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Mayor holds forum to address increase in crime

City officials and residents gathered on March 8 to discuss the recent increase in crime during a public safety forum.

Various local officials, representatives and law enforcement were in attendance to talk about how the community could get involved in helping to reduce criminal activity in Wasco.

"The meeting was organized because there is a rise in crime here in our city; some of it is violent crime. Residents are concerned that not enough is being done about it," Mayor Gilberto Reyna said. "Recently, we have had more shootings which is something that didn't happen before or was very rare. People are really on edge about that, and they have the right to be. With this forum, we explored ways that we can all be involved to diminish this wave of crime."

"Crime prevention is difficult sometimes," Kern County Sheriff's Office Crime Prevention Specialist Lori Meza said. "It takes a lot more community partnerships for us to carry out proactive law enforcement."

Meza talked about community-orientated policing.

"I don't want you to think you have to police. I know the term can be a little misleading, but that is not what we are asking you to do," Meza said. "It is a strategy of policing that focuses on developing relationships with community members. That means that law enforcement still has to do the policing, but we rely on relationships."

She discussed the importance of establishing Neighborhood Watch groups.

"We need people to be our eyes and ears. We want community members to get involved by reporting crimes and working closely with the sheriff so that we can have a positive impact on the crime that we are having," Meza said.

A Neighborhood Watch is a group of citizens who come together to reduce crimes in a specific area.

The core reasons for the increase in crime are multipronged.

"The problems are laws of this state," Kern County District Attorney Cynthia Zimmer said. "Some laws have been passed in California that has decreased the amount of consequence that people involved with crime suffer."

Reyna agreed some of the recent laws are an issue.

"These laws, in my opinion, allow criminals to think they can get away with it. Some of these laws, like Senate Bill 81 and 483, have removed criminal enhancements that have resulted in less prison time for offenders and makes it more difficult to add a longer sentence," Reyna said.

"Even so, I want you to know that we are working very hard to do what we can to protect you. It is our number one priority, but we need to think carefully about whom we vote for," Zimmer said.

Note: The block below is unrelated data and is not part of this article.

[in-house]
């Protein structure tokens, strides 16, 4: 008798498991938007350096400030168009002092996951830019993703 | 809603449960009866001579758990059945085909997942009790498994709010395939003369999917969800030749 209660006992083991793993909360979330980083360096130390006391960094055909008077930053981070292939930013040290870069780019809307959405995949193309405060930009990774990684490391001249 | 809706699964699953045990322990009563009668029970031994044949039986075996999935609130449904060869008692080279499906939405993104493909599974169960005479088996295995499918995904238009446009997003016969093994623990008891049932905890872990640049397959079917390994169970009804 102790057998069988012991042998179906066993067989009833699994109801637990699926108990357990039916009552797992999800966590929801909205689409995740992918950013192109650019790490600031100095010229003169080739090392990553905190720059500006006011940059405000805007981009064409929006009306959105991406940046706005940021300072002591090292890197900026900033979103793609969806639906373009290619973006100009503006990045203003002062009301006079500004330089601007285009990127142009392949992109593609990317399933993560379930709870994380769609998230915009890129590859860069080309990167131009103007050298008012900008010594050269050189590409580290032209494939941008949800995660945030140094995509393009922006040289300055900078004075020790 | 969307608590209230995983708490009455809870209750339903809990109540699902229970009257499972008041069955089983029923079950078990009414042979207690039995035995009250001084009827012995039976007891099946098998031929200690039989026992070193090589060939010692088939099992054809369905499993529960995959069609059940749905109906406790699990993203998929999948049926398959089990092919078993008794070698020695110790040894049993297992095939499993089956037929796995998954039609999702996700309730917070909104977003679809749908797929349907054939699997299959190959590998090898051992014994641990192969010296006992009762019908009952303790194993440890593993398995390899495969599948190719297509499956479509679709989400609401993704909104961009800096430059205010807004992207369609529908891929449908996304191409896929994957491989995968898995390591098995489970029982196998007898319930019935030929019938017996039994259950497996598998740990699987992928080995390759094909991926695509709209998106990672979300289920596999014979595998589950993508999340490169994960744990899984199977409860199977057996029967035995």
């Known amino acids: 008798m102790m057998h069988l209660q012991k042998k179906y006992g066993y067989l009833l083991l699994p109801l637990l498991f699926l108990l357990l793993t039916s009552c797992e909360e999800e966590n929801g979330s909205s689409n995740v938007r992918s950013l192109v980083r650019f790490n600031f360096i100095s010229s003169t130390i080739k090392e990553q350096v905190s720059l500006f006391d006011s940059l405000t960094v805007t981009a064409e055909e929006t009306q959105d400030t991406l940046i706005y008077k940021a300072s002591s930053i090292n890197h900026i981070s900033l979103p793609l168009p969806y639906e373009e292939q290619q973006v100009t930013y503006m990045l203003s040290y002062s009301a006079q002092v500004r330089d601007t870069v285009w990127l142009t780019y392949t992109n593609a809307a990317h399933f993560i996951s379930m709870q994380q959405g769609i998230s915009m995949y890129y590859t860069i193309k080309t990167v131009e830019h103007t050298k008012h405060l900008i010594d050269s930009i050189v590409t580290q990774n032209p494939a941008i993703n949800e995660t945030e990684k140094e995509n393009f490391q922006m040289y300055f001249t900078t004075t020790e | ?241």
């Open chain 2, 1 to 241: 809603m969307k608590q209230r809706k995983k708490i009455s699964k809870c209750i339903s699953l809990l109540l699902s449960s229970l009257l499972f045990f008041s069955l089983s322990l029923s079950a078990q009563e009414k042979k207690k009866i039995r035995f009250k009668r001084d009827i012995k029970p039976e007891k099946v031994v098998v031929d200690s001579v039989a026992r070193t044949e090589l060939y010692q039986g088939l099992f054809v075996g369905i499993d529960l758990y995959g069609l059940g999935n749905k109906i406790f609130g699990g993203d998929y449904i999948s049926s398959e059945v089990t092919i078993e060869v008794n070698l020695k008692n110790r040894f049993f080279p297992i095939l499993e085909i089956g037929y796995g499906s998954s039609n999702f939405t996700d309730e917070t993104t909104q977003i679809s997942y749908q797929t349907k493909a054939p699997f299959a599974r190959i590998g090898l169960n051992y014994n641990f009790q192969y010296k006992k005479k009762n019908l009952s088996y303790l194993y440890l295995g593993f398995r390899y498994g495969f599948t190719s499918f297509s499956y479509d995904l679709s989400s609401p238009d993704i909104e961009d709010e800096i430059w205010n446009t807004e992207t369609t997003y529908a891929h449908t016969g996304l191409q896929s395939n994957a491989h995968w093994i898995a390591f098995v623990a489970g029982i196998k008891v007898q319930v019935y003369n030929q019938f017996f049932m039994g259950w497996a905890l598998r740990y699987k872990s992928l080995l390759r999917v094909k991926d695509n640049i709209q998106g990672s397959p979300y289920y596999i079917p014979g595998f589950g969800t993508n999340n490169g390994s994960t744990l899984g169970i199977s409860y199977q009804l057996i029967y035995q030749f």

Kern County Supervisor for the 4th District David Couch said local officials need to fight Sacramento.

"We need to talk to our legislators strenuously about how they vote on these particular bills. It is important whom you vote for, but you also have to hold their feet to the fire when they get into office," Couch said. "We need neighborhood watch groups. I encourage all of you to go home and talk to your neighbors and get in contact with Meza to create your own."

City Manager Scott Hurlbert encouraged residents to work together with officials.

"We need to work together to keep moving forward. We can't give up. It is common for us to be frustrated. I would encourage you to channel that frustration, not into anger at us or the others serving the community, but if you have an idea, share it, and grab a hold of the neighborhood watch groups," Hurlbert said. "The community has asked why we don't have our own police department, and the mayor and council have done several studies on this. It is expensive to run. Almost twice as much per year that we are paying for our sheriff's contract."

Hurlbert said it is still a goal.

"Having our own police department is still the goal, and I think about it daily. It might take an increase by 1% on sales tax, and it is my job to figure that out," he said.

Kern County Sheriff's Office Wasco Substation Sgt. Charles Shinn said deputies are doing everything they can.

"We are doing everything we can and are committed to working in partnership with the community to strengthen our safety and security," Shinn said.

Reyna said he plans to continue the conversation.

"I want you to know we will have more of these town hall meetings so that we can we can be in communication and see the progress," Reyna said.


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